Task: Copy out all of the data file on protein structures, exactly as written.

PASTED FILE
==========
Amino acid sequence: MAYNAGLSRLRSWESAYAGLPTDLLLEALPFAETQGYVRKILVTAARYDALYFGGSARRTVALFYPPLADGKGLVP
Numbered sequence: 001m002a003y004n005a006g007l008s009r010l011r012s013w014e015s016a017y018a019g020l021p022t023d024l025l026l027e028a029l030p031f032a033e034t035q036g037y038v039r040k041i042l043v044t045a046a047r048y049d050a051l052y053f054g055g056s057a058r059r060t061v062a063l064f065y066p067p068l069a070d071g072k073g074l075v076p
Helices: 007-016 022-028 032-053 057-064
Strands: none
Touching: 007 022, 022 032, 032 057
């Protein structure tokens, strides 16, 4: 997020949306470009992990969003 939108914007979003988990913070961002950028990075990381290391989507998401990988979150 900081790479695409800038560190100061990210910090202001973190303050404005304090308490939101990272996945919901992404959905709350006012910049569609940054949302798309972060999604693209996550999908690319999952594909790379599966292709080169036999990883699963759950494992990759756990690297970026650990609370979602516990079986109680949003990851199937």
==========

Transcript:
Amino acid sequence: MAYNAGLSRLRSWESAYAGLPTDLLLEALPFAETQGYVRKILVTAARYDALYFGGSARRTVALFYPPLADGKGLVP
Numbered sequence: 001m002a003y004n005a006g007l008s009r010l011r012s013w014e015s016a017y018a019g020l021p022t023d024l025l026l027e028a029l030p031f032a033e034t035q036g037y038v039r040k041i042l043v044t045a046a047r048y049d050a051l052y053f054g055g056s057a058r059r060t061v062a063l064f065y066p067p068l069a070d071g072k073g074l075v076p
Helices: 007-016 022-028 032-053 057-064
Strands: none
Touching: 007 022, 022 032, 032 057
């Protein structure tokens, strides 16, 4: 997020949306470009992990969003 939108914007979003988990913070961002950028990075990381290391989507998401990988979150 900081790479695409800038560190100061990210910090202001973190303050404005304090308490939101990272996945919901992404959905709350006012910049569609940054949302798309972060999604693209996550999908690319999952594909790379599966292709080169036999990883699963759950494992990759756990690297970026650990609370979602516990079986109680949003990851199937």